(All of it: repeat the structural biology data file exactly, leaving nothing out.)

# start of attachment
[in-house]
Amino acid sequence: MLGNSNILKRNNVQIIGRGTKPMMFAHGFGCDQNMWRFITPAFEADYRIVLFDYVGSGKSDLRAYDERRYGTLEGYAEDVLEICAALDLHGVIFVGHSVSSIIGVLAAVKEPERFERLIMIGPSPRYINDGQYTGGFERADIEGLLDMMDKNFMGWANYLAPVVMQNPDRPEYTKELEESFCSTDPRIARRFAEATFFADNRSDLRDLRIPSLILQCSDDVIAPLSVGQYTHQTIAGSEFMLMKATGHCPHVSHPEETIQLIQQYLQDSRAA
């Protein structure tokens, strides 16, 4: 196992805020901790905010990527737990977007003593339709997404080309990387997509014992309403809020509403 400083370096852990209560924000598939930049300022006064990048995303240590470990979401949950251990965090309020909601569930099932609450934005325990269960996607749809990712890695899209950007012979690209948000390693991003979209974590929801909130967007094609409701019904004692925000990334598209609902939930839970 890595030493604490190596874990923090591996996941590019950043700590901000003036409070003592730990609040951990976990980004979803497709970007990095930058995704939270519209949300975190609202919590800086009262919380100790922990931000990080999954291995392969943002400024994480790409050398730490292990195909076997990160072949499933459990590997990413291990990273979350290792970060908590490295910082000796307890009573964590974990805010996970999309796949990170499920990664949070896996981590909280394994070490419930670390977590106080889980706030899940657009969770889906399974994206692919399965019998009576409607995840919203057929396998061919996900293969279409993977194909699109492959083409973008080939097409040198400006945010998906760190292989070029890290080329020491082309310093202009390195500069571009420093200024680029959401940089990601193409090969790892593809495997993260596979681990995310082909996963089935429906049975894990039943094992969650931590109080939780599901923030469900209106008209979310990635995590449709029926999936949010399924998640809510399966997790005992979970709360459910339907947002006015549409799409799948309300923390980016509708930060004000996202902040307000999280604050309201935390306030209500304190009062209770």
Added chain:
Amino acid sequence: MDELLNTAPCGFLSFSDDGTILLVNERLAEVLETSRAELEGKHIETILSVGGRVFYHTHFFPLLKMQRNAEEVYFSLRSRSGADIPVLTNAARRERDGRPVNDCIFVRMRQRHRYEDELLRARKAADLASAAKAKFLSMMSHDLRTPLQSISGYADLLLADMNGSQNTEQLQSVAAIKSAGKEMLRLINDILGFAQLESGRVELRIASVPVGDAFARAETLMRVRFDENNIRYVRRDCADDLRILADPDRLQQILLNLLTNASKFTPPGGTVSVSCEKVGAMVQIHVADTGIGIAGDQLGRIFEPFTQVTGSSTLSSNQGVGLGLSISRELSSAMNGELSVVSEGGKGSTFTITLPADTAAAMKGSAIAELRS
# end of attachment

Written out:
[in-house]
Amino acid sequence: MLGNSNILKRNNVQIIGRGTKPMMFAHGFGCDQNMWRFITPAFEADYRIVLFDYVGSGKSDLRAYDERRYGTLEGYAEDVLEICAALDLHGVIFVGHSVSSIIGVLAAVKEPERFERLIMIGPSPRYINDGQYTGGFERADIEGLLDMMDKNFMGWANYLAPVVMQNPDRPEYTKELEESFCSTDPRIARRFAEATFFADNRSDLRDLRIPSLILQCSDDVIAPLSVGQYTHQTIAGSEFMLMKATGHCPHVSHPEETIQLIQQYLQDSRAA
């Protein structure tokens, strides 16, 4: 196992805020901790905010990527737990977007003593339709997404080309990387997509014992309403809020509403 400083370096852990209560924000598939930049300022006064990048995303240590470990979401949950251990965090309020909601569930099932609450934005325990269960996607749809990712890695899209950007012979690209948000390693991003979209974590929801909130967007094609409701019904004692925000990334598209609902939930839970 890595030493604490190596874990923090591996996941590019950043700590901000003036409070003592730990609040951990976990980004979803497709970007990095930058995704939270519209949300975190609202919590800086009262919380100790922990931000990080999954291995392969943002400024994480790409050398730490292990195909076997990160072949499933459990590997990413291990990273979350290792970060908590490295910082000796307890009573964590974990805010996970999309796949990170499920990664949070896996981590909280394994070490419930670390977590106080889980706030899940657009969770889906399974994206692919399965019998009576409607995840919203057929396998061919996900293969279409993977194909699109492959083409973008080939097409040198400006945010998906760190292989070029890290080329020491082309310093202009390195500069571009420093200024680029959401940089990601193409090969790892593809495997993260596979681990995310082909996963089935429906049975894990039943094992969650931590109080939780599901923030469900209106008209979310990635995590449709029926999936949010399924998640809510399966997790005992979970709360459910339907947002006015549409799409799948309300923390980016509708930060004000996202902040307000999280604050309201935390306030209500304190009062209770």
Added chain:
Amino acid sequence: MDELLNTAPCGFLSFSDDGTILLVNERLAEVLETSRAELEGKHIETILSVGGRVFYHTHFFPLLKMQRNAEEVYFSLRSRSGADIPVLTNAARRERDGRPVNDCIFVRMRQRHRYEDELLRARKAADLASAAKAKFLSMMSHDLRTPLQSISGYADLLLADMNGSQNTEQLQSVAAIKSAGKEMLRLINDILGFAQLESGRVELRIASVPVGDAFARAETLMRVRFDENNIRYVRRDCADDLRILADPDRLQQILLNLLTNASKFTPPGGTVSVSCEKVGAMVQIHVADTGIGIAGDQLGRIFEPFTQVTGSSTLSSNQGVGLGLSISRELSSAMNGELSVVSEGGKGSTFTITLPADTAAAMKGSAIAELRS